During cold weather conditions, the temperature can be extremely low, let’s say around -40℉ (-40℃), which could affect the hydration process and result in slowing down the hydration reaction affecting the strength growth. Notably, when the concrete is in a plastic state, the freezing temperature within the first 24 hours can reduce the strength by more than 50%. The concrete must achieve a minimum strength of 500 psi (3.5 MPa) typically in the first 24 hours. As per CSA A 23.1, concrete with a compressive strength of 1015.26 psi (7.0 MPa) is considered safe for exposure to freezing.   

Other adverse effects that the low temperatures could have on the behavior of concrete include but are not limited to,   

  • Extended Setting Time  
  • Freezing of Concrete at early stages  
  • Low Concrete Strength  
  • Cracking   
  • Thawing of Concrete  
  • Poor Quality as a result of High Permeability  
  • Integrity issues on or around Cold Joints  

How to Protect Concrete in Cold Weather?  

Protection itself here is a broad term. It is one of the major challenges commonly faced in cold-weather concreting. When proper steps are taken during concrete production, from its placement to protection in cold weather, it will enable the development of sufficient strength. This will therefore increase durability to satisfy the intended service requirements as prescribed by ACI.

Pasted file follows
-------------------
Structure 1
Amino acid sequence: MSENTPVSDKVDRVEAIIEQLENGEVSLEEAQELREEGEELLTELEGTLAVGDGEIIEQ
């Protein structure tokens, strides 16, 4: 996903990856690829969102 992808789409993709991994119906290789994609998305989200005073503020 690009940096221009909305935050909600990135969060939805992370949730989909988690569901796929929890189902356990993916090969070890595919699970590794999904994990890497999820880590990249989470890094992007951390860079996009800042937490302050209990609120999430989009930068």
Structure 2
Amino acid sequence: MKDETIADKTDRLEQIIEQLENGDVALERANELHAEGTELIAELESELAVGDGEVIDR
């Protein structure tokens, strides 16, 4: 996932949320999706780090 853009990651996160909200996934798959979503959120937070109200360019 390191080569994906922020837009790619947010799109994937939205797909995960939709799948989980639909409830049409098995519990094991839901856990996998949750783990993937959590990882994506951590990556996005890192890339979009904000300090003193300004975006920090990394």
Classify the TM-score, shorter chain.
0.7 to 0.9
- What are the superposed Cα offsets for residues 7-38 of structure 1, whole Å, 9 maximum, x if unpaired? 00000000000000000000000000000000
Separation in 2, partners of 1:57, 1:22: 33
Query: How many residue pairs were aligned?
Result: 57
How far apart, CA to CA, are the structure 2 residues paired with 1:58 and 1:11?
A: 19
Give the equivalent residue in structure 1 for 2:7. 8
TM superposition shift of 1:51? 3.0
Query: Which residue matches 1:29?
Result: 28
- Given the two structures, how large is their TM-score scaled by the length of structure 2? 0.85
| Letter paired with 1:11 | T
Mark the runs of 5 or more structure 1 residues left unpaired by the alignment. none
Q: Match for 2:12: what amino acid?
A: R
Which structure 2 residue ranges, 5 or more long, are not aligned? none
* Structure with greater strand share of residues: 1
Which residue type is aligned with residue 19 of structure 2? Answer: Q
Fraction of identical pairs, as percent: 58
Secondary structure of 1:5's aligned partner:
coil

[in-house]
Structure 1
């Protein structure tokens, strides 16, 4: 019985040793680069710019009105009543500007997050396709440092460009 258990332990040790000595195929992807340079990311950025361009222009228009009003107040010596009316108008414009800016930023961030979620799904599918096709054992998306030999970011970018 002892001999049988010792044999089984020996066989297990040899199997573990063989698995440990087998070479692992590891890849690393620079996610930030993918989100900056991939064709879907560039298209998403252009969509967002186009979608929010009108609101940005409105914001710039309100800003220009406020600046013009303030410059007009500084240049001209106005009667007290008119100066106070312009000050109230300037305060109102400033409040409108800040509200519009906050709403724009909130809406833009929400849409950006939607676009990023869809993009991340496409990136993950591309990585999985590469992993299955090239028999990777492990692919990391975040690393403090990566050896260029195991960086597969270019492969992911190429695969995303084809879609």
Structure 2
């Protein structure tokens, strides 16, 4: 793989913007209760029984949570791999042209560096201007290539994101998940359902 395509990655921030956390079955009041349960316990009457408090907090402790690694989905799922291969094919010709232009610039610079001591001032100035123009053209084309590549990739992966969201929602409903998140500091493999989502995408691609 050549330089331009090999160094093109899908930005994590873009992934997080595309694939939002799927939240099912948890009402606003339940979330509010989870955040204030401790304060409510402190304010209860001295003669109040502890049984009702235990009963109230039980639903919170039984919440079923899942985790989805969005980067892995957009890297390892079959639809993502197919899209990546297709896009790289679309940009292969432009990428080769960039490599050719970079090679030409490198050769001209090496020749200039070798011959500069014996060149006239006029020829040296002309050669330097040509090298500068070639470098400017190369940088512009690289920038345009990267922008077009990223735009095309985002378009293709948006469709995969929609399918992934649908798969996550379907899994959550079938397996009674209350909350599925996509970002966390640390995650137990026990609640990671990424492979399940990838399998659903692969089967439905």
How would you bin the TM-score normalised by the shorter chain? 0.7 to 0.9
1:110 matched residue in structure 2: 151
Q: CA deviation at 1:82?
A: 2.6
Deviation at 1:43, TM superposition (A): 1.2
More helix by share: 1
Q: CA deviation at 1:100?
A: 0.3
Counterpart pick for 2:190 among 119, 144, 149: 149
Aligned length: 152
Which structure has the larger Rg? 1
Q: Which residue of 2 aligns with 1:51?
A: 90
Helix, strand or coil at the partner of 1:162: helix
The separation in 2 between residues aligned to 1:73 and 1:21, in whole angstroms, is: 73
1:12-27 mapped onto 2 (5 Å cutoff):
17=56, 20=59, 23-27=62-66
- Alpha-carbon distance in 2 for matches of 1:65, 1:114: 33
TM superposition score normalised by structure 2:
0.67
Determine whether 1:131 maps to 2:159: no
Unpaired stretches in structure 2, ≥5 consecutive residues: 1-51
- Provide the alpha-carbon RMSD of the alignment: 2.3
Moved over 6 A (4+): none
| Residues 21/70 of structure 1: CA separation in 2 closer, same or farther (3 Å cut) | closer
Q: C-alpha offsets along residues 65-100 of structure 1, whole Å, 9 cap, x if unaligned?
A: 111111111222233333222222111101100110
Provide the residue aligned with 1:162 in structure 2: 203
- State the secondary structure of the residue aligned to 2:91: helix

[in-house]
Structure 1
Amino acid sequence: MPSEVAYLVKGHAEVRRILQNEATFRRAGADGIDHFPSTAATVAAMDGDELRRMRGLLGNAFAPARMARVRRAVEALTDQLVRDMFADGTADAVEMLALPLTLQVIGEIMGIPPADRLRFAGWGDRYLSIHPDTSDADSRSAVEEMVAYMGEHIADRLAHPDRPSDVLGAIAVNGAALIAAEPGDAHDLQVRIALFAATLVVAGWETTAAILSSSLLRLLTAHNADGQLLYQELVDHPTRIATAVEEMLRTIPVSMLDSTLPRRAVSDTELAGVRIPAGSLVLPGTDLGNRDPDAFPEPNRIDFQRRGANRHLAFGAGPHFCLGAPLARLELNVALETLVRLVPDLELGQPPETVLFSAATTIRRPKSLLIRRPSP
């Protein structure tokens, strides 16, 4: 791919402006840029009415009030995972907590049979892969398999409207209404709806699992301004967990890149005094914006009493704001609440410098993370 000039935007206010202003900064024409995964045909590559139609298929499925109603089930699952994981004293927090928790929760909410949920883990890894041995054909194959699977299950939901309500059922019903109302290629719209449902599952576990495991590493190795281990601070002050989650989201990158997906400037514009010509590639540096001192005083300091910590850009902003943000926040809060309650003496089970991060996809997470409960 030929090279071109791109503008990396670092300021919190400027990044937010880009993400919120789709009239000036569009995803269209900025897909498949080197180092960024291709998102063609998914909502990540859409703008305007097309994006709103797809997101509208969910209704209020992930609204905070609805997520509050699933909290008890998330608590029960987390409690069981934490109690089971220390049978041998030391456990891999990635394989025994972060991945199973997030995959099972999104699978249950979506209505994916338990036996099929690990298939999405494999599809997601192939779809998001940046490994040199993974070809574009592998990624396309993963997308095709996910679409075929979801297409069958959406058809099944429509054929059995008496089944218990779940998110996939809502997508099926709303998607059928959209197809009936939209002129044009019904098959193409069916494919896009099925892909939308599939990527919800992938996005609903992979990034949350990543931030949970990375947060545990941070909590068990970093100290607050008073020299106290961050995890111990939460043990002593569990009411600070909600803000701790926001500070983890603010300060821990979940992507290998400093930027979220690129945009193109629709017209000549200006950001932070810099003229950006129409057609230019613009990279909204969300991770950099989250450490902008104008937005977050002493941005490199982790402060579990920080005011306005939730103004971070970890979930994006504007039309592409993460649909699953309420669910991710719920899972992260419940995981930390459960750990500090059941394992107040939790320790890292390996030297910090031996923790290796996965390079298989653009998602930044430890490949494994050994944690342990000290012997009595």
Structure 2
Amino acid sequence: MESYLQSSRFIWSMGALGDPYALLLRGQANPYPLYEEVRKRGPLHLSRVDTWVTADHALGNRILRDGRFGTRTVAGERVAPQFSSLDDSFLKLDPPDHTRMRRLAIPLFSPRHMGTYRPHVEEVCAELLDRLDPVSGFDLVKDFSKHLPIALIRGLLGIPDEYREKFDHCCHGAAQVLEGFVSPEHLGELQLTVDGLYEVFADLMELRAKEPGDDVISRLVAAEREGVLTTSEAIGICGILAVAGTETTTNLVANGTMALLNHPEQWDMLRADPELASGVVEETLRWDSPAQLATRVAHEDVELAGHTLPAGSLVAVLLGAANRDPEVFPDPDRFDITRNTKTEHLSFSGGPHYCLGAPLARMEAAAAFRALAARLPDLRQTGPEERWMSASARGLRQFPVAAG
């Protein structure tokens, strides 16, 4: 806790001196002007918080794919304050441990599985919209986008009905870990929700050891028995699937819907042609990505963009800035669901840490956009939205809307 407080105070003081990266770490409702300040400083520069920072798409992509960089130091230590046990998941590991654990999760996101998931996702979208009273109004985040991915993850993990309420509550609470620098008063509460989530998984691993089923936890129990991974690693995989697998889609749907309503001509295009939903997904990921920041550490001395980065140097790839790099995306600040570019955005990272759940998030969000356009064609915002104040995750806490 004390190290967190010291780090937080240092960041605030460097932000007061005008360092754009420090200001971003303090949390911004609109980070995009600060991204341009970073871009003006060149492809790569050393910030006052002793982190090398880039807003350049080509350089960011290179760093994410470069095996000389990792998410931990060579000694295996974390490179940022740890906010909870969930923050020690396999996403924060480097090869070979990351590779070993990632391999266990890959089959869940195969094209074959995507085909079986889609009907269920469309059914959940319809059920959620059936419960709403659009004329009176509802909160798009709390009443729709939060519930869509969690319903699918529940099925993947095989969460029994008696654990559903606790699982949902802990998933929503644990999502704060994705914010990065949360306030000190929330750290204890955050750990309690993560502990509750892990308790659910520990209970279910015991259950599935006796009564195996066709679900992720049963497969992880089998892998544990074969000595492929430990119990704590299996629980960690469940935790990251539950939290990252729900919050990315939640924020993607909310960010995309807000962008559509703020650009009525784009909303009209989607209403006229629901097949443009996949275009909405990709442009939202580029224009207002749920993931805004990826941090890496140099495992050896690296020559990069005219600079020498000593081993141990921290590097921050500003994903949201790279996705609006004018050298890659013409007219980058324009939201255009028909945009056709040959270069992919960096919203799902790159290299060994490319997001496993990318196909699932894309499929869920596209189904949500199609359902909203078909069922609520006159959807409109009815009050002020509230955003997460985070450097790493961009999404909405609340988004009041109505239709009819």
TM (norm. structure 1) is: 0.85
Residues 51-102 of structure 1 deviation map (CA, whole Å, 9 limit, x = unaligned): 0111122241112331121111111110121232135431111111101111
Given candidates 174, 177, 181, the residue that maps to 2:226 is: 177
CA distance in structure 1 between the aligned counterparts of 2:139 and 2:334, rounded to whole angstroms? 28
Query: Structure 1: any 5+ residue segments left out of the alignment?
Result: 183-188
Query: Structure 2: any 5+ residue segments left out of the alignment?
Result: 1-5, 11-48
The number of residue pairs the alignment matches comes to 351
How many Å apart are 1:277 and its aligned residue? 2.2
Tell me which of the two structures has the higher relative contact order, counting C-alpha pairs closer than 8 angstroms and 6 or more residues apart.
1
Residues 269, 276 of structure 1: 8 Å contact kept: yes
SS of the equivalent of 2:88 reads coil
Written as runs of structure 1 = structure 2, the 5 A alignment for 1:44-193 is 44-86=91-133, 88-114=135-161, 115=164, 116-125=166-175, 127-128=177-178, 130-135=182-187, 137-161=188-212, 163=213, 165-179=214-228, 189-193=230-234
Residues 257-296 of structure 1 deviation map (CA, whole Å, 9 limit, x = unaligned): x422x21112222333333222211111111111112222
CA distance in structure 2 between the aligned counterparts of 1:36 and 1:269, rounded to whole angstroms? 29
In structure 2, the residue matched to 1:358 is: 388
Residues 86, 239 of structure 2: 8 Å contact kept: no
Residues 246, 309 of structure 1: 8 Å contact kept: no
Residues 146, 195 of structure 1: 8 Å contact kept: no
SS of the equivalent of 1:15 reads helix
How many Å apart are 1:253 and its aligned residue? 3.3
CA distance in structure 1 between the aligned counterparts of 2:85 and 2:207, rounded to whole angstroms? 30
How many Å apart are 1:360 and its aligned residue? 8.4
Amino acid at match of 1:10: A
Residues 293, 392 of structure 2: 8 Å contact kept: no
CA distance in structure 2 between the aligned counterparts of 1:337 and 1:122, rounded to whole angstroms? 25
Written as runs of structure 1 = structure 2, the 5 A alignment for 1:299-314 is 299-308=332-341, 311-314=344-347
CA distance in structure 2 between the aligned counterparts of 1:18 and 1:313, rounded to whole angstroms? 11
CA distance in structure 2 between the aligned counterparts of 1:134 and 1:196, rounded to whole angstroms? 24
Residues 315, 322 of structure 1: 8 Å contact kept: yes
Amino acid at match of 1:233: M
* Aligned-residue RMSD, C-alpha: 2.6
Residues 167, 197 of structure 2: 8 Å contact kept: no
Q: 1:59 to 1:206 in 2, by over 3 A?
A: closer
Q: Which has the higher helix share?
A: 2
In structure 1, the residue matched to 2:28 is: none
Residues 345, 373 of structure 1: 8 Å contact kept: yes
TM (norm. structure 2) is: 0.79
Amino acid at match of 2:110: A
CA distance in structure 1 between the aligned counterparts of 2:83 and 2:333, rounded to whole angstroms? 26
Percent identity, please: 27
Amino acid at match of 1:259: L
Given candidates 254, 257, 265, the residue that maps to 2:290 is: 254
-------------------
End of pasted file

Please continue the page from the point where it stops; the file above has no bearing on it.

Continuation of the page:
Some of the common protection steps needed to be adopted by suppliers and contractors to accomplish their goals and meet project specifications are,  

  1. Removal of Snow and Ice  
  1. Heating of Water and/or Aggregates  
  1. Warming up of formwork before concrete placement  
  1. Protection in the form of heated enclosures, coverings, and insulations.  
  1. Controlled temperature gradient  
  1. Avoiding Wet Curing  
  1. Reshoring if necessary  
  1. Protection against contact with salts   

Optimizing Concrete During Cold Weather: Tracking temperature and strength   

The construction industry keeps evolving and advances are being made every day. A structure can now be built even in the most unlikely places like Antarctica or outer space. Well, it is obvious that we must thank the technology with which it became achievable for us to make the impossible, possible. Though pouring concrete in winter was once a daunting experience, with improved concrete designs, pouring methods, and precautionary steps, any contractor could produce great results, even in cold weather, with the correct technology. Witnessing the latest technologies transform the civil engineering field is a real treat to the eyes, especially when it helps people build faster, safer, and more economically. Giatec’s SmartRock® sensors and SmartHub, designed with smart IoT Testing and AI solutions, are focused on revolutionizing the concrete industry by bringing modern technology to the forefront of every job site. The SmartRock sensors are a great choice in cold-weather concreting, helping your teams easily keep track of temperature and strength any time, anywhere, on any device.